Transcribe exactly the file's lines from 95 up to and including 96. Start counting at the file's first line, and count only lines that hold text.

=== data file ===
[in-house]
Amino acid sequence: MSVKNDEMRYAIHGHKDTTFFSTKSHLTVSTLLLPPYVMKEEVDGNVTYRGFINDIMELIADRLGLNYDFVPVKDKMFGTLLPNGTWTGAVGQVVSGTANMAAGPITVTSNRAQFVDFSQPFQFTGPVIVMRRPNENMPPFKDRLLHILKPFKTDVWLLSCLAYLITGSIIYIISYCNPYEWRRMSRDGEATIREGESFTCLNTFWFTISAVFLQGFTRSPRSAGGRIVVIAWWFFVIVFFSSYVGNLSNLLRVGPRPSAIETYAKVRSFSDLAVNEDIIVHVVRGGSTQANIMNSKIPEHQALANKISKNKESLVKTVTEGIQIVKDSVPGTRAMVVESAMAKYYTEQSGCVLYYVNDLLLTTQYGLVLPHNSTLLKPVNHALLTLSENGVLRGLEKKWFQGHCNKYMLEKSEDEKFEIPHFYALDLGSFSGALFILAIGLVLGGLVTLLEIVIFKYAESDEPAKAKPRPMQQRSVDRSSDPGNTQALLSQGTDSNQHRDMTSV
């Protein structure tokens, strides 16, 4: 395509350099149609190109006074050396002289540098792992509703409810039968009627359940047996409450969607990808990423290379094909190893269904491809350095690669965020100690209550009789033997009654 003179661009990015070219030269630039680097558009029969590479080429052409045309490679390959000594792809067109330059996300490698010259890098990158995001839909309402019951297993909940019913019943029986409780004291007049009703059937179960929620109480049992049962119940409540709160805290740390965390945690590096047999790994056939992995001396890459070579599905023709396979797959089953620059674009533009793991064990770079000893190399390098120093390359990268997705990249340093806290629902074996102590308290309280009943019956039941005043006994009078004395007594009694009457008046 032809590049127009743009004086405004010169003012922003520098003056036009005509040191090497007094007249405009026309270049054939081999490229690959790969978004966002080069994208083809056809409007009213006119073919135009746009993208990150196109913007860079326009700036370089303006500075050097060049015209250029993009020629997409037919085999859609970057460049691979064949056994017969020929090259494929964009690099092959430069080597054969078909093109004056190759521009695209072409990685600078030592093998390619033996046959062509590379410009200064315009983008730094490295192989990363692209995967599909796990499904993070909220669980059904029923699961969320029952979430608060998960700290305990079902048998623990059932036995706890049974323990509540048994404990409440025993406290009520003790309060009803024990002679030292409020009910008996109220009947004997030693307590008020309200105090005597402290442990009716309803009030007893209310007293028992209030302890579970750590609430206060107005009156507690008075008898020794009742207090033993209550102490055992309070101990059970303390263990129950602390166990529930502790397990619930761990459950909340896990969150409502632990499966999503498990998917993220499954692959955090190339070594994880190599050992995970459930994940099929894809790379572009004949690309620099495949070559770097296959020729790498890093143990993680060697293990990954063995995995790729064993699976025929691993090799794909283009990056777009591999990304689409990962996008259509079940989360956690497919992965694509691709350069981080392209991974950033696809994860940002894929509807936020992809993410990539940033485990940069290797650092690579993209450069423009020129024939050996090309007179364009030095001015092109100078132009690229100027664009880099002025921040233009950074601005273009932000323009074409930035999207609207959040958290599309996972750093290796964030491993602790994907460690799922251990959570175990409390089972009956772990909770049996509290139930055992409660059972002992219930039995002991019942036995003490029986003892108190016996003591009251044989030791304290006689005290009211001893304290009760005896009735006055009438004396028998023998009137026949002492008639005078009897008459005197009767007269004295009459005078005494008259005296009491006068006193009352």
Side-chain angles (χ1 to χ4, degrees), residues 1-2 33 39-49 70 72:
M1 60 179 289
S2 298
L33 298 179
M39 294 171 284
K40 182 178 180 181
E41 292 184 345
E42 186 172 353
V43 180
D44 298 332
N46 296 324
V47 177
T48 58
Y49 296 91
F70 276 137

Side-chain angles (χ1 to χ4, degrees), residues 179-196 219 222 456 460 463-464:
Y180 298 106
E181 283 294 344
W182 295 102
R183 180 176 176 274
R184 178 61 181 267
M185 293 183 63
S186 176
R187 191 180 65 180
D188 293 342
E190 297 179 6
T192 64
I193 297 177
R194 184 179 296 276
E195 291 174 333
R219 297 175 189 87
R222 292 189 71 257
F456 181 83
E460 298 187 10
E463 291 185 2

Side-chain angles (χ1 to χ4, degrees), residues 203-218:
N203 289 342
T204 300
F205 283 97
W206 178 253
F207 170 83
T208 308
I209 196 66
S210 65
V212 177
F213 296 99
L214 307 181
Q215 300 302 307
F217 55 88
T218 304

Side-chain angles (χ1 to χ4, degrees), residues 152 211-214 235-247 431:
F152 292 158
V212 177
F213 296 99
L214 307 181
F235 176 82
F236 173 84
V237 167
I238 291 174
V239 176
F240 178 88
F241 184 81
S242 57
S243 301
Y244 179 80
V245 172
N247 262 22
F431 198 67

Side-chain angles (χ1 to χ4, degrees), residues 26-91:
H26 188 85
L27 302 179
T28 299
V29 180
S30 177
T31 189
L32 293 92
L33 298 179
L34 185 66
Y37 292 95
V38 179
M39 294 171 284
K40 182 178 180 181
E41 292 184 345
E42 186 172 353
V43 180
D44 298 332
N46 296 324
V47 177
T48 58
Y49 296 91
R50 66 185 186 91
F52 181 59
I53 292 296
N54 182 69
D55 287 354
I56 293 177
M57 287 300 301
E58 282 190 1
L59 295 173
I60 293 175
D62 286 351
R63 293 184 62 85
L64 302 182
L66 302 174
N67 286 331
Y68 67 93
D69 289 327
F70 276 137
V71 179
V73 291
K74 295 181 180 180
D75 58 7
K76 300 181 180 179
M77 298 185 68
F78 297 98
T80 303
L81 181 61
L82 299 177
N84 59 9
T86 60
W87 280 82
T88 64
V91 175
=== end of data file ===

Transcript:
F52 181 59
I53 292 296